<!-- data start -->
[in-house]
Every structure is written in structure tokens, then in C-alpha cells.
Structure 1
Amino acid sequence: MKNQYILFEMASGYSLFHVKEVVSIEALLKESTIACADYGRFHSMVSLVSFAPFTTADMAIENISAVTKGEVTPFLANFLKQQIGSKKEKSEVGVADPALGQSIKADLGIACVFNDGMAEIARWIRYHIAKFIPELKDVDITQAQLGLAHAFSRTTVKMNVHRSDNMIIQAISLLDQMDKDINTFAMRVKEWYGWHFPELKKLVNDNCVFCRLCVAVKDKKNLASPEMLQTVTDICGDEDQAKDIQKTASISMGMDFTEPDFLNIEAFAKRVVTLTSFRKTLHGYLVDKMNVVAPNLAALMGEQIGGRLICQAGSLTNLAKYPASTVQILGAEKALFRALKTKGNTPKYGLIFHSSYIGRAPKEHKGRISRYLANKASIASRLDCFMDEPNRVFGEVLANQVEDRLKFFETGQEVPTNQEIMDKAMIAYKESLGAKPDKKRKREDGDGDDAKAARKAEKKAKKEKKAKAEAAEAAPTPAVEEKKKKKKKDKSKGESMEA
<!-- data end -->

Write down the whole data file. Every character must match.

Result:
[in-house]
Every structure is written in structure tokens, then in C-alpha cells.
Structure 1
Amino acid sequence: MKNQYILFEMASGYSLFHVKEVVSIEALLKESTIACADYGRFHSMVSLVSFAPFTTADMAIENISAVTKGEVTPFLANFLKQQIGSKKEKSEVGVADPALGQSIKADLGIACVFNDGMAEIARWIRYHIAKFIPELKDVDITQAQLGLAHAFSRTTVKMNVHRSDNMIIQAISLLDQMDKDINTFAMRVKEWYGWHFPELKKLVNDNCVFCRLCVAVKDKKNLASPEMLQTVTDICGDEDQAKDIQKTASISMGMDFTEPDFLNIEAFAKRVVTLTSFRKTLHGYLVDKMNVVAPNLAALMGEQIGGRLICQAGSLTNLAKYPASTVQILGAEKALFRALKTKGNTPKYGLIFHSSYIGRAPKEHKGRISRYLANKASIASRLDCFMDEPNRVFGEVLANQVEDRLKFFETGQEVPTNQEIMDKAMIAYKESLGAKPDKKRKREDGDGDDAKAARKAEKKAKKEKKAKAEAAEAAPTPAVEEKKKKKKKDKSKGESMEA